Why Use Electrochemical Techniques for Corrosion Measurement?
- Corrosion is an electrochemical process.
- A broad range of electrochemical techniques have been developed specifically for corrosion measurement.
- Electrochemical techniques are fast.
- Electrochemical techniques are sensitive.
- Nevertheless, there are some Corrosion Engineers who don’t use electrochemical techniques…probably because they don’t understand them.
Electrochemical Techniques and Corrosion
- Corrosion is the chemical or electrochemical reaction between a material, usually a metal, and its environment that produces a deterioration of the material and its properties. (ASTM G 15: Standard Terminology Related to Corrosion.)
- Corrosion is caused by a redox reaction.
- Fundamentally, corrosion is an electrochemical process, so using electrochemical techniques is obvious.
Electrochemical Techniques are Fast!
- Corrosion is an inherently slow process. A typical corrosion rate is 10 milli-inches per year (mpy) or 0.254 millimeters per year (mmpy).
- The “best” corrosion tests are weight loss measurements after exposure. However, they are very slow (days, weeks, or months).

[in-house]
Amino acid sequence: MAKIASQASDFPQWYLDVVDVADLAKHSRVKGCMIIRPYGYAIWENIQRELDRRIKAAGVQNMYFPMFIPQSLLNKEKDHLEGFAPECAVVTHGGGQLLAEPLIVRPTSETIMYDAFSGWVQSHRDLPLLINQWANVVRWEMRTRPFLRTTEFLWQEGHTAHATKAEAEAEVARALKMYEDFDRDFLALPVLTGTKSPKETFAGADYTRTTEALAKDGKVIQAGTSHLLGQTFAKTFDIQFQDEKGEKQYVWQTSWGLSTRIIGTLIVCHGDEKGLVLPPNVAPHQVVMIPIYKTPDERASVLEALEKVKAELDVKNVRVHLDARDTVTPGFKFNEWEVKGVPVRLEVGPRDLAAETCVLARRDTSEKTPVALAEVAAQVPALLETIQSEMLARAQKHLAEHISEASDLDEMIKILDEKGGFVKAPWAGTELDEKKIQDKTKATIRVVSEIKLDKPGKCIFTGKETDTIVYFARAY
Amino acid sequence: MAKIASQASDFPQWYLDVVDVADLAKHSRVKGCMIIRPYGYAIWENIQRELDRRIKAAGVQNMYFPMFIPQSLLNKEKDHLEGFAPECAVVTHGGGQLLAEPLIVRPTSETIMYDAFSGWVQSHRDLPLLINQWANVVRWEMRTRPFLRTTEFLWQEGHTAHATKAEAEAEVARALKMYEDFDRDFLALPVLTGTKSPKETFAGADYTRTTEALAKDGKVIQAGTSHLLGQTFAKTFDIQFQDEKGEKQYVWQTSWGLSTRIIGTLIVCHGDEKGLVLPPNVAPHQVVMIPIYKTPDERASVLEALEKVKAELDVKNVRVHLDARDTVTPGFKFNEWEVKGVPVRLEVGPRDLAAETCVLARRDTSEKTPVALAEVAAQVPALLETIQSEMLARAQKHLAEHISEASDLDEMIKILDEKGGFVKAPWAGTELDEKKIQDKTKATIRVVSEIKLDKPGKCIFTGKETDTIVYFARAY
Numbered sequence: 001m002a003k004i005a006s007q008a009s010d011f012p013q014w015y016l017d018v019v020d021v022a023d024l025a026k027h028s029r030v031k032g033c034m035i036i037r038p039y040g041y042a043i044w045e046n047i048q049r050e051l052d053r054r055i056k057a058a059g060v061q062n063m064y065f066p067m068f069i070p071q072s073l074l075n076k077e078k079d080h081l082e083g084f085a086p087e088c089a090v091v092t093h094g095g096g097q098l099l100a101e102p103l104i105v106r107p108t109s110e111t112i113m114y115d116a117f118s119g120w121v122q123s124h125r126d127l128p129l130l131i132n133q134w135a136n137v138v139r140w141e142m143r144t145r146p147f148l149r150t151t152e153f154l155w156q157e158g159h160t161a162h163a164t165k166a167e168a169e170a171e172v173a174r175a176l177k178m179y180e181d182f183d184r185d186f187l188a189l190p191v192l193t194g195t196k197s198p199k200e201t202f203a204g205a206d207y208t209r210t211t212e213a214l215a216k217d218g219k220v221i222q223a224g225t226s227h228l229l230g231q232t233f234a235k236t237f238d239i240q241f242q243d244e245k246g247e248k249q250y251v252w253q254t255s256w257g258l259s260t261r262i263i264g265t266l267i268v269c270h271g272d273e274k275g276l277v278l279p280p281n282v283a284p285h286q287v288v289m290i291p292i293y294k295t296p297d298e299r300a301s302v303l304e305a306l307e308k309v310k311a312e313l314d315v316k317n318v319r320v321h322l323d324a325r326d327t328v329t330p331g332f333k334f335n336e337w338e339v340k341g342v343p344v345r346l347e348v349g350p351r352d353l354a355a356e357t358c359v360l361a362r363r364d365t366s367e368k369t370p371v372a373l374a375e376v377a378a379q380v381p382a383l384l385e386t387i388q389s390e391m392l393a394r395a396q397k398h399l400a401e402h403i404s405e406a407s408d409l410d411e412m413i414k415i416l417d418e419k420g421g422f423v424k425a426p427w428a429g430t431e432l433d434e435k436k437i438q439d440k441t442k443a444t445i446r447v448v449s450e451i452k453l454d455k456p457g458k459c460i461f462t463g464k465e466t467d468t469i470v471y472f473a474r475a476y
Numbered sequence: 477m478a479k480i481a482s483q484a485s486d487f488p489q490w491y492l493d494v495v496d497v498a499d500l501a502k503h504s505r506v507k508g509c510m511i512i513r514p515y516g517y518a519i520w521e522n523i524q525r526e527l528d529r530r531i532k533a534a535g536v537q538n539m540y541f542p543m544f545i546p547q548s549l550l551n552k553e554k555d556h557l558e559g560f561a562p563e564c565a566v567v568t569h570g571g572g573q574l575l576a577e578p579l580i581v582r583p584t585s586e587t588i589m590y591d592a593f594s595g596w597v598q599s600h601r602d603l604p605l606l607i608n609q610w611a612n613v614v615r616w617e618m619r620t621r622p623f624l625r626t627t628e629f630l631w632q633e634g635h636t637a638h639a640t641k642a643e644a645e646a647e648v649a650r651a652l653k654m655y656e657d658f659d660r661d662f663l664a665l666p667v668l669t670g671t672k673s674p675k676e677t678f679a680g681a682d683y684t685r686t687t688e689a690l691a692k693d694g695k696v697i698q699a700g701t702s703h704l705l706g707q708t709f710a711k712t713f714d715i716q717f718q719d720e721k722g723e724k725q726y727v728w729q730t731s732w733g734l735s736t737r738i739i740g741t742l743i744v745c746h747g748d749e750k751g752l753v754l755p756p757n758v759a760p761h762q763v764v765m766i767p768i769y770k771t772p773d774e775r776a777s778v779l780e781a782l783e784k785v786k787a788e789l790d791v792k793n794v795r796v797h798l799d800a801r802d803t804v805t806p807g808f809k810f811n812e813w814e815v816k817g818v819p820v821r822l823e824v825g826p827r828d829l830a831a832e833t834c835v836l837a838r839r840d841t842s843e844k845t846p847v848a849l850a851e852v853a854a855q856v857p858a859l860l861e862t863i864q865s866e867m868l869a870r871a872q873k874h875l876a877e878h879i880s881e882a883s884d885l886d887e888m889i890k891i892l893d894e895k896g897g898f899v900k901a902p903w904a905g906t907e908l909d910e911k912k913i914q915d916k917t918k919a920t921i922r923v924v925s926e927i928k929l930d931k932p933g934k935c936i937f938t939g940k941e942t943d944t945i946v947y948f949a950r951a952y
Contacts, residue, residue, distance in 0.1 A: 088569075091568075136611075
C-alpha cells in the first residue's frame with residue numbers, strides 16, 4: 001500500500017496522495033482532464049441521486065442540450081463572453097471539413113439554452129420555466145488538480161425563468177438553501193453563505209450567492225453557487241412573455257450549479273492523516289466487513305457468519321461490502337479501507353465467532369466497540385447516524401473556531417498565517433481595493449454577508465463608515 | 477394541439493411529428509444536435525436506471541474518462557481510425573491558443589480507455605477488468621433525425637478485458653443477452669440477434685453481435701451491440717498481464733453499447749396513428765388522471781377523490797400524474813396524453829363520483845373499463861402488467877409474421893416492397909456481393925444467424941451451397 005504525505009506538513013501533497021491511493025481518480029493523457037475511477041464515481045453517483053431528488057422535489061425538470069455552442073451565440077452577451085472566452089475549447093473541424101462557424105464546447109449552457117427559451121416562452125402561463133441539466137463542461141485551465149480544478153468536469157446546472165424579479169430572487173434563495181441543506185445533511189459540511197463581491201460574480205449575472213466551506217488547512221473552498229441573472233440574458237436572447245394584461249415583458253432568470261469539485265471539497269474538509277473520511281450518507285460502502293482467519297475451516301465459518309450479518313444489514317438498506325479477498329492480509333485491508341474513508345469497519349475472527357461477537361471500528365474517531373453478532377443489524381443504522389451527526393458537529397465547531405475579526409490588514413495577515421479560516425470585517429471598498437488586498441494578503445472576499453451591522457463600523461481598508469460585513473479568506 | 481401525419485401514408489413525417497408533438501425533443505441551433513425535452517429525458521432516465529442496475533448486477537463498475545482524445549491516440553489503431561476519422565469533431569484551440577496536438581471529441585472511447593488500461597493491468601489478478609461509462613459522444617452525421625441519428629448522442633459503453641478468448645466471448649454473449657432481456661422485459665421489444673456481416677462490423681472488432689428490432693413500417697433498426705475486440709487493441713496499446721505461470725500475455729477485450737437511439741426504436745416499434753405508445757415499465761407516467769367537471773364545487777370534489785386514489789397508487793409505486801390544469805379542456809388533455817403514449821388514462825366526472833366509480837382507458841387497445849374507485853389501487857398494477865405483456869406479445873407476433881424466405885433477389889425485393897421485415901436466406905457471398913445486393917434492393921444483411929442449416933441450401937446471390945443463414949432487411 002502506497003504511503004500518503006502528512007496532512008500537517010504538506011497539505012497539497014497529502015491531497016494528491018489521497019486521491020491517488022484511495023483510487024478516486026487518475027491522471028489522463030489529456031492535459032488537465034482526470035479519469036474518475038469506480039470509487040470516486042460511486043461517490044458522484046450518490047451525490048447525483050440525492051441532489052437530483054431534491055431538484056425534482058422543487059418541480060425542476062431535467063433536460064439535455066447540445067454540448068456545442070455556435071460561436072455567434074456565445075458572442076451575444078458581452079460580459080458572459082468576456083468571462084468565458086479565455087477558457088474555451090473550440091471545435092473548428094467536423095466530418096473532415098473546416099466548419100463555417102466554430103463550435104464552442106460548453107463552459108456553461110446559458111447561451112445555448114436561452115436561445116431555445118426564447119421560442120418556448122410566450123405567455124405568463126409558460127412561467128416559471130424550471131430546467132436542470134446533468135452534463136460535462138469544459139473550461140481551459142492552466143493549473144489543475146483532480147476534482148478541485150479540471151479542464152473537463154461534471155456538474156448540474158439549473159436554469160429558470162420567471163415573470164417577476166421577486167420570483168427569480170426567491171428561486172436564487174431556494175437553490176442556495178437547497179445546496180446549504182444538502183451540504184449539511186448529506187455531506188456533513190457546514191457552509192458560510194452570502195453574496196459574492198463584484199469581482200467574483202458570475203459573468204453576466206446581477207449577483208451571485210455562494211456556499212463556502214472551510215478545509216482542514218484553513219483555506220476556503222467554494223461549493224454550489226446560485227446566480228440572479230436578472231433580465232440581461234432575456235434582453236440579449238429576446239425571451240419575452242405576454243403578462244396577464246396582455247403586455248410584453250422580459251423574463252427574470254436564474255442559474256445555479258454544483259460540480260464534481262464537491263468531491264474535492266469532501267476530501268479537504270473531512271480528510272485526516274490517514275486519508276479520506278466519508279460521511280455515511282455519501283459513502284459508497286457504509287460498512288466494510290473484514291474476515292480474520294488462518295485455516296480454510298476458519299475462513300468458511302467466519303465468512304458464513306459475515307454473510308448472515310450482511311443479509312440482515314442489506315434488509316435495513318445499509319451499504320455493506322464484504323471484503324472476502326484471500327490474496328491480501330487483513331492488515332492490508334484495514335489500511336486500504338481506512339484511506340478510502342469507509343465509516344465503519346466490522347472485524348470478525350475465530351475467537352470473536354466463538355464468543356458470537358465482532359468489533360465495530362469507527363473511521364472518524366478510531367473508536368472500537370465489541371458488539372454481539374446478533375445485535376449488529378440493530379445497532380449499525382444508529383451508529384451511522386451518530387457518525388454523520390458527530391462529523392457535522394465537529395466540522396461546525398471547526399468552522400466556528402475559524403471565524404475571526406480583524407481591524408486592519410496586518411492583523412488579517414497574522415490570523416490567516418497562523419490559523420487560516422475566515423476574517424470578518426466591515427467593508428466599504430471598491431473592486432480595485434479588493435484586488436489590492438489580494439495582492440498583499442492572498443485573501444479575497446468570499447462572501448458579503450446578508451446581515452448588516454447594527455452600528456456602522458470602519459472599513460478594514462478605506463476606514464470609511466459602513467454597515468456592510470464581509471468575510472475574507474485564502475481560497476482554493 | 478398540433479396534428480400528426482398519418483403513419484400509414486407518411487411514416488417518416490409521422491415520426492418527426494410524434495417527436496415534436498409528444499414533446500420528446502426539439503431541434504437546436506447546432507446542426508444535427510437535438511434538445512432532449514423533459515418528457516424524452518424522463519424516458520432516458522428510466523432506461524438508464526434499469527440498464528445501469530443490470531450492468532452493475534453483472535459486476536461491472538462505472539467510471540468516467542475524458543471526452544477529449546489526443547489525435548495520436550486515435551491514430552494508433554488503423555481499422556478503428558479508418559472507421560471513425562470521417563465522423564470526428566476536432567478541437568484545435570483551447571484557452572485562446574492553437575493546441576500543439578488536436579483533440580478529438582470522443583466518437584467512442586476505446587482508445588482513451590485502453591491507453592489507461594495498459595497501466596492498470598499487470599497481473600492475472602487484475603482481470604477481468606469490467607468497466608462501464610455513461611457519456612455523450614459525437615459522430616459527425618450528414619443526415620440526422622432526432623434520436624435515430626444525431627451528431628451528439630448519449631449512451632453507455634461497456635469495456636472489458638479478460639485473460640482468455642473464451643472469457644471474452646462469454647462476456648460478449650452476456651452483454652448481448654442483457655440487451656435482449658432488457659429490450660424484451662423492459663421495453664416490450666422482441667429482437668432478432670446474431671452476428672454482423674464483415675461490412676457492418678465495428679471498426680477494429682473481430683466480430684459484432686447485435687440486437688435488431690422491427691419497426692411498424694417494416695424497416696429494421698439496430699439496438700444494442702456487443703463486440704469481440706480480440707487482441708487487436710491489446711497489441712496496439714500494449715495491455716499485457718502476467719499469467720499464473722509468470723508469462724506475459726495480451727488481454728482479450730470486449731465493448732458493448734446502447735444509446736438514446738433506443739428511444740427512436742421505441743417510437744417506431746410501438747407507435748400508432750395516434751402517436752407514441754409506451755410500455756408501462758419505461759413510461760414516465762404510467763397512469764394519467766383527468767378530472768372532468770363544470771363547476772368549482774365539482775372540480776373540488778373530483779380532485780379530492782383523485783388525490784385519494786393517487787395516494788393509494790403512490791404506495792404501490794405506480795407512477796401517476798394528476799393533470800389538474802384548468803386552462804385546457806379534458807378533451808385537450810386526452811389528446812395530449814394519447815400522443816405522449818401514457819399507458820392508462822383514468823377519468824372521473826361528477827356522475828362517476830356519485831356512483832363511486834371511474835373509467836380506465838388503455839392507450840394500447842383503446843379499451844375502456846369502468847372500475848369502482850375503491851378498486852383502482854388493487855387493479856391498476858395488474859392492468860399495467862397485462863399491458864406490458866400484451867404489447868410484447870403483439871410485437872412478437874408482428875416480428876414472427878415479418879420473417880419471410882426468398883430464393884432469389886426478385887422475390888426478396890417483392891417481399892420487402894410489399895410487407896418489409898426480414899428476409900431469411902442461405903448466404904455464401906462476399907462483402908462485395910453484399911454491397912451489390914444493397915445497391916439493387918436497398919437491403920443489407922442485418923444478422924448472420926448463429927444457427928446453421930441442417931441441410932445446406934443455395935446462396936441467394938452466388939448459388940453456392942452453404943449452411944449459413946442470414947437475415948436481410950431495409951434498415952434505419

- Electrochemical instruments polarize the sample to accelerate the corrosion process and make the measurement in minutes or hours. The electrochemical corrosion rate is “instantaneous”.
Electrochemical Techniques Are Sensitive!
- Electrochemical techniques can measure very low corrosion rates.
- A sample with a low corrosion rate will exhibit a low current during the electrochemical experiment. Corrosion scientists may use “corrosion rate” and “current” interchangeably.
- The best measure of a specific potentiostat’s ability to measure low corrosion rates is the lowest current range.
Gamry Instruments for Corrosion Measurement